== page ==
2 Minimality and finiteness

A quasi-filling Dehn surface of is called minimal if it has a minimal number of triple points among all quasi-filling Dehn surfaces of , i.e. .

Theorem 4.

Let be a (connected and closed) -irreducible 3-manifold.

  • If , then is the sphere , the projective space or the lens space .

  • If , then has a minimal filling Dehn surface.

Proof.

Let be a minimal quasi-filling Dehn surface of . If we have (i.e.  is a surface), by virtue of Remark 2, we have that is the sphere or the projective space .

Then, we suppose . We will first prove that has a quasi-filling Dehn surface such that is made up of discs. In fact, suppose there exists a component of that is not a disc. contains a non-trivial orientation preserving (in ) simple closed curve . Consider a strip contained in a small regular neighbourhood of in such that and . (Note that is an annulus or a Möbius strip depending on whether is orientation preserving in or not.) Since is made up of balls, we can fill up with one or two discs disjoint from getting a sphere or a projective plane (depending on whether is an annulus or a Möbius strip). Note that both the sphere and the projective plane are transversely orientable, hence the second case cannot occur (because is -irreducible). In the first case, since is -irreducible, the sphere found bounds a ball, say . Since is a ball and is a simple closed curve, we can replace the portion of contained in with a disc, getting a new quasi-filling Dehn surface of . Note that the Euler characteristic of the component of containing has increased, that no new non-disc component has been created and that the number of triple points has not changed. Hence, by repeatedly applying this procedure, we eventually get a quasi-filling Dehn surface, say , of such that is made up of discs.

Since is connected and is made up of discs, we have that is also connected. If we have (i.e.  is not empty), cannot contain circles and hence is filling (i.e.  has a minimal filling Dehn surface). Otherwise, if we have (i.e.  is empty), is made up of one circle. Since is made up of discs, the Dehn surface is completely determined by the regular neighbourhood of in . This neighbourhood depends on how the germs of disc are interchanged along the curve . Among all possibilities we must rule out those not yielding a quasi-filling Dehn surface, hence only three ones must be taken into account (up to symmetry):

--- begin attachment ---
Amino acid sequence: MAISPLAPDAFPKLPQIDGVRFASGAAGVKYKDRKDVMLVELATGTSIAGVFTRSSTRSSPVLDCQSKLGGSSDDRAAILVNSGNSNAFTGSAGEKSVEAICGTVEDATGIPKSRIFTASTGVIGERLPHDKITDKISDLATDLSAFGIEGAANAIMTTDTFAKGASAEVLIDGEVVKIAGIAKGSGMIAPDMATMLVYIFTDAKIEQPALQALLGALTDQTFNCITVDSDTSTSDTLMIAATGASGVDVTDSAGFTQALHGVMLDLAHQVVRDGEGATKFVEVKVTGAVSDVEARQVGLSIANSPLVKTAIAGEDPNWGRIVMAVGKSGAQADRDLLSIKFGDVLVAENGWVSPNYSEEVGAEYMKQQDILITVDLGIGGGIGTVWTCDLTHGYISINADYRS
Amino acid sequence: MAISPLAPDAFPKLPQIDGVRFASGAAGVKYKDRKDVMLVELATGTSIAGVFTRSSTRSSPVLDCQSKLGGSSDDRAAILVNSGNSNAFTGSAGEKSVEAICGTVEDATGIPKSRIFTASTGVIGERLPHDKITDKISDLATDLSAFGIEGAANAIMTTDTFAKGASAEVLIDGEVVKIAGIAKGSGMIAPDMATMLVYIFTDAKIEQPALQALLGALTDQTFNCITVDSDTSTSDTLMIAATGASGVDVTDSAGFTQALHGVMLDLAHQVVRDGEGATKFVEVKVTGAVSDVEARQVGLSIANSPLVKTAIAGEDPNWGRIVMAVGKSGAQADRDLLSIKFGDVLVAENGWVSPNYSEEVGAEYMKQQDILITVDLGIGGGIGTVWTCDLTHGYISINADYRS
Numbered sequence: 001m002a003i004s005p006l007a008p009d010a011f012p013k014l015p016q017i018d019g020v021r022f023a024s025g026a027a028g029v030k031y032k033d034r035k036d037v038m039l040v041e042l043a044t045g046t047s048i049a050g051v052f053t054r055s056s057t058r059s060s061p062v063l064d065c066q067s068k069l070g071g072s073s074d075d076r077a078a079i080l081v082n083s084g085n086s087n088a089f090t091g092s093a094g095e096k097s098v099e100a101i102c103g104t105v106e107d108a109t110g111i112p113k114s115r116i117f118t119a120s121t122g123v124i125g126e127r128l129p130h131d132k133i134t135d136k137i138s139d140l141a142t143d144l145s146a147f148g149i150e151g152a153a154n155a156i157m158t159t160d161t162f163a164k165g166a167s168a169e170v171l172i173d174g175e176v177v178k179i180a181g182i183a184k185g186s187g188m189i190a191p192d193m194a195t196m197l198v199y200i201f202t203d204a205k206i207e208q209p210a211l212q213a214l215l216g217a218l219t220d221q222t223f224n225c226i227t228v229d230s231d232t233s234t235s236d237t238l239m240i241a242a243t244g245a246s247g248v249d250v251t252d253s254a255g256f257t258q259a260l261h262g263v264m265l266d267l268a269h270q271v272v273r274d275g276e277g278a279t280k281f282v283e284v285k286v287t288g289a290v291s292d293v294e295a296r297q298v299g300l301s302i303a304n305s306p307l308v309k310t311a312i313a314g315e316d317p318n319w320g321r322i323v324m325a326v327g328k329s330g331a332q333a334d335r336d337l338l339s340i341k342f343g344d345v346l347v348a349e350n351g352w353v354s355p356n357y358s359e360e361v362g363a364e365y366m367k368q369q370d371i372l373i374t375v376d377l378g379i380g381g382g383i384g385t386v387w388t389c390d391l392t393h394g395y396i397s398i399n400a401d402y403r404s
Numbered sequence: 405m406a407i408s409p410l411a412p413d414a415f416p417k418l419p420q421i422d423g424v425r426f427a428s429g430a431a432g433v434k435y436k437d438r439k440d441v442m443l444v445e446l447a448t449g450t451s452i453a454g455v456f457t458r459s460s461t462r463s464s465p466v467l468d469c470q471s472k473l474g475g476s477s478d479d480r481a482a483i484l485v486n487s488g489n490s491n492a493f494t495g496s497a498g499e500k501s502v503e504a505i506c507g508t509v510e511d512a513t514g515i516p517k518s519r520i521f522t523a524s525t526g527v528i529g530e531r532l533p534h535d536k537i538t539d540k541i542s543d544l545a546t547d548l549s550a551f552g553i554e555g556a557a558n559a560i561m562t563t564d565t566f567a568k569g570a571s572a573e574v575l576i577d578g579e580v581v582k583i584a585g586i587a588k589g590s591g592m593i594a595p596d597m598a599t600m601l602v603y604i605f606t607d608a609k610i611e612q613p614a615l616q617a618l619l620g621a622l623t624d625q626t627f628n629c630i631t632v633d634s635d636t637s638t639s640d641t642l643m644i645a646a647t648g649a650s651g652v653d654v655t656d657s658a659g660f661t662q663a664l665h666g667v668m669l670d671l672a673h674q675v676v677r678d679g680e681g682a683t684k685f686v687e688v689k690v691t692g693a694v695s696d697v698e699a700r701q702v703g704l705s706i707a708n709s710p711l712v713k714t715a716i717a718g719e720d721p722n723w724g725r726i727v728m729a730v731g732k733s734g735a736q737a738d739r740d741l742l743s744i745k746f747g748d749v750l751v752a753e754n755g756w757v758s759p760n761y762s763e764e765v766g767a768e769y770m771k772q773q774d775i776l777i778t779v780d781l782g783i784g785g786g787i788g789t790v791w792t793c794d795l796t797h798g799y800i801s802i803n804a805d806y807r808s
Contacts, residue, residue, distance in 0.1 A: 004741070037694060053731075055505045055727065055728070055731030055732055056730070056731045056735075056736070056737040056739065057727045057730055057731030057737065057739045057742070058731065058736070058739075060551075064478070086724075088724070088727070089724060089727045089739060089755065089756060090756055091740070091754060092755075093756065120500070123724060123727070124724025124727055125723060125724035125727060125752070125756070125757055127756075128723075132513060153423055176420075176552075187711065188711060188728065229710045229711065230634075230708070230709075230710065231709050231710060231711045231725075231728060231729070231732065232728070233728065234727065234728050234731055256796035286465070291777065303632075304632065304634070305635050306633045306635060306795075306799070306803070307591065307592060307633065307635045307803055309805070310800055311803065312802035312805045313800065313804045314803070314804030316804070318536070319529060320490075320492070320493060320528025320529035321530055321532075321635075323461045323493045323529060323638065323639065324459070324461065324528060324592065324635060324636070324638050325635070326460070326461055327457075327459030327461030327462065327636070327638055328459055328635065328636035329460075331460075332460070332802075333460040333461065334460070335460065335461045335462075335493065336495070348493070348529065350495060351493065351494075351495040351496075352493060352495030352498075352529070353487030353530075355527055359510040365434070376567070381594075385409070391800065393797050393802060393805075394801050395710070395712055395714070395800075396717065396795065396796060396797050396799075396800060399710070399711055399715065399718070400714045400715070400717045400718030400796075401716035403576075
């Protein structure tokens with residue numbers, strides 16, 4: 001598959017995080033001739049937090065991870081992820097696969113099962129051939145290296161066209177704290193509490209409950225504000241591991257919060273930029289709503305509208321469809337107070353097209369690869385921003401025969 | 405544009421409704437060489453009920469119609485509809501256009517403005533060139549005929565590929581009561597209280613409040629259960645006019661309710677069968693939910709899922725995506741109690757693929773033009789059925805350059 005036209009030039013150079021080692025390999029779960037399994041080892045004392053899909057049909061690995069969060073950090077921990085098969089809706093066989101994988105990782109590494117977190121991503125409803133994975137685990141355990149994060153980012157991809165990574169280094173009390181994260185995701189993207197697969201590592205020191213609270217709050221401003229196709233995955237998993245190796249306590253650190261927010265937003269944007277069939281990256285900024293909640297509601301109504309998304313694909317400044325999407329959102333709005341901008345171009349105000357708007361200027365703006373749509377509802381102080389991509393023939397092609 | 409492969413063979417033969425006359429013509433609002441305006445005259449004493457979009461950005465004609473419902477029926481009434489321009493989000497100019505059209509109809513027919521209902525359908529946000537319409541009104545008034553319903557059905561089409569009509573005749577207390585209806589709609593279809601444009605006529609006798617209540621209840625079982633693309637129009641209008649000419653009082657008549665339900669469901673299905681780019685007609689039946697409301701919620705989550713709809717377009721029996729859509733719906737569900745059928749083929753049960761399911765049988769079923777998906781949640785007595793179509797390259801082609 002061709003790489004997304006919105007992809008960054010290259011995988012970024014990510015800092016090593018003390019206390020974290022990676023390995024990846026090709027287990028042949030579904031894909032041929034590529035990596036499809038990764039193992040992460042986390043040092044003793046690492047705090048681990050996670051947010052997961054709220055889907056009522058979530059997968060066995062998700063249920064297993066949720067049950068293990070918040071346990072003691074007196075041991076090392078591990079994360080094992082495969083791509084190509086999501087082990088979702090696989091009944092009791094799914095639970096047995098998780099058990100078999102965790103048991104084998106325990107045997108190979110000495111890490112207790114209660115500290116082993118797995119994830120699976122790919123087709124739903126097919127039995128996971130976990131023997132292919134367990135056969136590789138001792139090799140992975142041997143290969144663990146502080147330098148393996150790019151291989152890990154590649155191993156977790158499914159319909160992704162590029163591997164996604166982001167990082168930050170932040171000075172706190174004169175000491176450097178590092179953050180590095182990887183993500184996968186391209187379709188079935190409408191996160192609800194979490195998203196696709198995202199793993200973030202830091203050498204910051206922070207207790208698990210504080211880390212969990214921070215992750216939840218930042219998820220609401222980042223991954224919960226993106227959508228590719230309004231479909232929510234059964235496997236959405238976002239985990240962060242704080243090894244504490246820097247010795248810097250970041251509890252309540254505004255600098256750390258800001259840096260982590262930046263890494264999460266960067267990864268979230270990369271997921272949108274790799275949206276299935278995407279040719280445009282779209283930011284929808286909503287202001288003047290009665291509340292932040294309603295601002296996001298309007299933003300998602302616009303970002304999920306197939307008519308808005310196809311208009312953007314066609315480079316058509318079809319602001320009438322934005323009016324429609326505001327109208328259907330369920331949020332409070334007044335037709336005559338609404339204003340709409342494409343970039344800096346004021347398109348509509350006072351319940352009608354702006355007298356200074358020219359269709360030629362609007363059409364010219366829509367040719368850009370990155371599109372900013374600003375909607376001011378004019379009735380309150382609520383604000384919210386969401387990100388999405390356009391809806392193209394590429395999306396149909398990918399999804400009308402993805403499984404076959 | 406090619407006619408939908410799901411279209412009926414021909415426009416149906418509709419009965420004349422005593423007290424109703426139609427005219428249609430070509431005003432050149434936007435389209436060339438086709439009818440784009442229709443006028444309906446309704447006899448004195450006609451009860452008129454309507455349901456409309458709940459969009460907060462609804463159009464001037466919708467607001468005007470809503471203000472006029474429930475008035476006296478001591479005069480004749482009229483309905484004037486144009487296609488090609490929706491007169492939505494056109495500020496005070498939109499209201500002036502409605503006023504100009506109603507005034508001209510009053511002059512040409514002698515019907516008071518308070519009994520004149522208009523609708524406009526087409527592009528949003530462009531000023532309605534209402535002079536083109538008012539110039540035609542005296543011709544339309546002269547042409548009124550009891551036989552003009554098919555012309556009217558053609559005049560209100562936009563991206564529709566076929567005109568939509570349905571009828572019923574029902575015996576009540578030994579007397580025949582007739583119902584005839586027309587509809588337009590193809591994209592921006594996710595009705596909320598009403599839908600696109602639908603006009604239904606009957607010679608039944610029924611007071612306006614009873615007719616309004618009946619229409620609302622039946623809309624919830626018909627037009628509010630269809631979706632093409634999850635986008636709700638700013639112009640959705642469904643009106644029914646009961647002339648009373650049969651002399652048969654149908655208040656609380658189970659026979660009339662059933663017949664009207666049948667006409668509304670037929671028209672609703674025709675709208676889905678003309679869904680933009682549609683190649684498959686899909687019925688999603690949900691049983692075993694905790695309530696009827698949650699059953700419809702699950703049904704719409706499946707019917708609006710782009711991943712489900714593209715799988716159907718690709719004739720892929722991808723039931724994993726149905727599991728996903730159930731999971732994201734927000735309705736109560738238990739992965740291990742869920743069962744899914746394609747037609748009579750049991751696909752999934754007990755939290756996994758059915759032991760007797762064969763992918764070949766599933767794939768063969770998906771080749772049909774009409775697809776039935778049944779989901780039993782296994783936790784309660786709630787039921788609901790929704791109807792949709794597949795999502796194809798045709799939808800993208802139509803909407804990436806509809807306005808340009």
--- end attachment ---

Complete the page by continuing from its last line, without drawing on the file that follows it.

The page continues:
• two spheres intersecting along the circle which form a Dehn surface of ;

  • the double projective plane which is a Dehn surface of ;

  • the four-hat which is a Dehn surface of .

The proof is complete. ∎

Since there is a finite number of filling Dehn surfaces having a fixed number of triple points, we have the following corollary of Theorem 4.

Corollary 5.

For any integer there exists only a finite number of (connected and closed) -irreducible 3-manifolds having surface-complexity .

2.1 Minimal quasi-filling Dehn surfaces

Not all the minimal quasi-filling Dehn surfaces of -irreducible 3-manifolds are indeed filling. However, they can be all constructed starting from filling ones (except for , and , for which non-filling ones must be used) and applying a simple move. The move acts on quasi-filling Dehn surfaces near a simple point as shown in Fig. 2 and it is called bubble-move.

Figure 2: Bubble-move.

Note that the result of applying a bubble-move to a quasi-filling Dehn surface of is a quasi-filling Dehn surface of , but the result of applying a bubble-move to a filling Dehn-surface is not a filling Dehn-surface. Note also that the bubble-move increases (by two) the number of connected components of . If a quasi-filling Dehn surface is obtained from a quasi-filling Dehn surface by repeatedly applying bubble-moves, we will say that is derived from . Note that if is a quasi-filling Dehn surface of and is derived from , than is a quasi-filling Dehn surface of .